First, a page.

Parvovirus: An Integrated Communication Strategy is Part of Treatment

When approached from a team perspective, an outbreak of parvovirus does not need to be a crisis in your shelter. On a weekly basis, the Humane Society of Boulder Valley accepts large transfers of puppies from high risk shelters, and each group is considered at risk of breaking with parvo. Learn how communications with shelter personnel, clinic personnel, and adopters can lead to a positive, healthy outcome for the parvo patient.  Presented by  Dr. Lesli Groshong.

Saving the Bottom 50%

This session gives an overview of how Austin Pets Alive (APA) changed the face of shelter euthanasia at the city shelter by tackling difficult shelter medical issues. Knowing it would not be as simple as just saving more of the easy-to-save animals, APA examined the types of animals being euthanized and developed programs targeted at those types of animals to enable a live outcome for them. Austin went from a 50% save rate to a 90% save rate in 2 1/2 short years and is now the largest “No Kill” city in the United States.  Presented by Dr. Ellen Jefferson.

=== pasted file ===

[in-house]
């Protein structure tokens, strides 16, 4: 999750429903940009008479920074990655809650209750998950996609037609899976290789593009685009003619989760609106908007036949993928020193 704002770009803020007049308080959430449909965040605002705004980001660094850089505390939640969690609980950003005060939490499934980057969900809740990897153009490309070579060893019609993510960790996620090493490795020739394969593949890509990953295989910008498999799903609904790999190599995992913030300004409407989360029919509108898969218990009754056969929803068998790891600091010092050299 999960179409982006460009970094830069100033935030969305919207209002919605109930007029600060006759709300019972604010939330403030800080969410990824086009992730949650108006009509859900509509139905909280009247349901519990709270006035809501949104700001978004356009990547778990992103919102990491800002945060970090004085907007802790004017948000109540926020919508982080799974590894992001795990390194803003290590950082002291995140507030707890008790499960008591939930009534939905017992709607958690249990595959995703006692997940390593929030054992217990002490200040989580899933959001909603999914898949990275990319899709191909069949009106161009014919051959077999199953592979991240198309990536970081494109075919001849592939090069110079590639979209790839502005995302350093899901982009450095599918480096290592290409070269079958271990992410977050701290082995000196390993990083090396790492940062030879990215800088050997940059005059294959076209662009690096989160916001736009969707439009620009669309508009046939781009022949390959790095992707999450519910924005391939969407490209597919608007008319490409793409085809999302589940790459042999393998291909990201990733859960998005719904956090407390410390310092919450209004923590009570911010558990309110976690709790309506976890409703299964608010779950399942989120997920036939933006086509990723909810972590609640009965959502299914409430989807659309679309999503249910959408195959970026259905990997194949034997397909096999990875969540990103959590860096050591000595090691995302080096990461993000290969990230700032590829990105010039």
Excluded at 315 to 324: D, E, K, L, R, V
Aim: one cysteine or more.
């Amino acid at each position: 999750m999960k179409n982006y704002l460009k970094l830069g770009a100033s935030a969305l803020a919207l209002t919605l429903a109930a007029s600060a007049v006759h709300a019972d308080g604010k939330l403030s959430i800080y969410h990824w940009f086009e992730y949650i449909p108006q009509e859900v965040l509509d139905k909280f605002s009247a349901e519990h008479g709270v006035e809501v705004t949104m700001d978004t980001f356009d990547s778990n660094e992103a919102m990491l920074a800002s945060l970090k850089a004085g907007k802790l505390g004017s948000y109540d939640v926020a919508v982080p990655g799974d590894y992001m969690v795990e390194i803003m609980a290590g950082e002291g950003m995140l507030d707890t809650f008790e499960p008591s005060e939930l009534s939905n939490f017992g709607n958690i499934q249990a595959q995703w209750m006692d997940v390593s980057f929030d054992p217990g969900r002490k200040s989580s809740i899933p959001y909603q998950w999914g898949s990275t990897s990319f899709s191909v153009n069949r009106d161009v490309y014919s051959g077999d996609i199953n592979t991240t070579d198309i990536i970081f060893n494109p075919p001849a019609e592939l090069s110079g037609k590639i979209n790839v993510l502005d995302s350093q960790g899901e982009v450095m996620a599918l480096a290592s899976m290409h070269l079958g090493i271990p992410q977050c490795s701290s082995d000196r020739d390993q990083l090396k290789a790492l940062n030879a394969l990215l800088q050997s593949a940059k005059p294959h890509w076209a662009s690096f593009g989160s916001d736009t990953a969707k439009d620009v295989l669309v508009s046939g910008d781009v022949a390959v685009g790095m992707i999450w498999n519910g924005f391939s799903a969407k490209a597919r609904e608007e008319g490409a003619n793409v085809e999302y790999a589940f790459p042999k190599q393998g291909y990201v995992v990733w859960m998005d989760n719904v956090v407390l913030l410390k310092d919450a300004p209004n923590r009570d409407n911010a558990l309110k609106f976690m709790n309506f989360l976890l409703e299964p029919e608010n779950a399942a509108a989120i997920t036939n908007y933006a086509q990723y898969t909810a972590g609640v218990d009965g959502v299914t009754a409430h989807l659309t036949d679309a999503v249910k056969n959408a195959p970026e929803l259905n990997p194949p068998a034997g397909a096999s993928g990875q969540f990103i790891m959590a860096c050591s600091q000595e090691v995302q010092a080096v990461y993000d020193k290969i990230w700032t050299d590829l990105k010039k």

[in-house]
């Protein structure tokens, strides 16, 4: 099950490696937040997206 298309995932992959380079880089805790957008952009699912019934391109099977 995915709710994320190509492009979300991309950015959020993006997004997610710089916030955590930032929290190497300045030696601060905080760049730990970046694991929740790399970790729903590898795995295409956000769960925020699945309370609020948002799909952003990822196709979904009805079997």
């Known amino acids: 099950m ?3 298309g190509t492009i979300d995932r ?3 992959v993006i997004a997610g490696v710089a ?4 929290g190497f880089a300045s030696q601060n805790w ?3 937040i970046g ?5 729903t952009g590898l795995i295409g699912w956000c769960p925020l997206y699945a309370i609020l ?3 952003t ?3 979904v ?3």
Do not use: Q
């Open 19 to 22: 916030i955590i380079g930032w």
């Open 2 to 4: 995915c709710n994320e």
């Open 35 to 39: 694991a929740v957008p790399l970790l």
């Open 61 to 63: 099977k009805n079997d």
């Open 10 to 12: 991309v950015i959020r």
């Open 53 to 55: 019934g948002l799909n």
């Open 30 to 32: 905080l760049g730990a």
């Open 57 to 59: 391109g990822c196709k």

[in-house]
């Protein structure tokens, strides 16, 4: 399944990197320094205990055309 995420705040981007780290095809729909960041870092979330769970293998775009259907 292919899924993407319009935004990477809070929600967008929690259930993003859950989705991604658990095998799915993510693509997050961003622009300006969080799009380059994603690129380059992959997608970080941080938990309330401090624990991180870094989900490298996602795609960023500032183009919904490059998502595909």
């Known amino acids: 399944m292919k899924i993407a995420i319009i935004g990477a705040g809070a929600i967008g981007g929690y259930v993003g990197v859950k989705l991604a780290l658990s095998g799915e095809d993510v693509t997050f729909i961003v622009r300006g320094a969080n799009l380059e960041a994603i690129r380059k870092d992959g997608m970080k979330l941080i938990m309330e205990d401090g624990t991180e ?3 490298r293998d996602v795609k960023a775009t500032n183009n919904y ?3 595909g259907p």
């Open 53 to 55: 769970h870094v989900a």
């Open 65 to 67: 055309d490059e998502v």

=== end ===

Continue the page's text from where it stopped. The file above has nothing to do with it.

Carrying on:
Treating Distemper and Parvo

In an effort to save all injured and ill animals at the city shelter, Austin Pets Alive (APA) developed a program for parvo treatment and a protocol for distemper treatment. As a result save rates for these diseases are near 85%. In this session, we will discuss the methods used to treat distemper, the illness manifestations and treatment course, and nursing care. We will also talk about why distemper occurs and how to prevent it, in addition to how APA treats parvo and has set up a volunteer-run ward to handle up to 350 cases per year.  Presented by Dr. Ellen Jefferson.

Saving Neonatal Kittens

Austin Pets Alive’s Bottle Baby Program saves over 1,000 kittens per year that would otherwise be euthanized due to their high needs without a mother. The program began by mimicking an open admission wildlife center’s nursery and began with no startup funding and only a handful of volunteers. It has since grown to ensure that every underage kitten that enters the open admission city shelter is saved.  Presented by Dr. Ellen Jefferson.

Shelter Crowd Control: Keeping Community Cats Out of Shelters

While innovative strategies are saving lives across the country, euthanasia rates for stray and feral cats remain stubbornly high in many communities. This presentation will explore the magnitude of the community cat population and redefine definitions for “home” and “rescue.” Data will be presented from a novel and bold program that cut shelter cat intake dramatically and almost overnight, preventing the tragic deaths of thousands of shelter cats.  Presented by Dr. Julie Levy.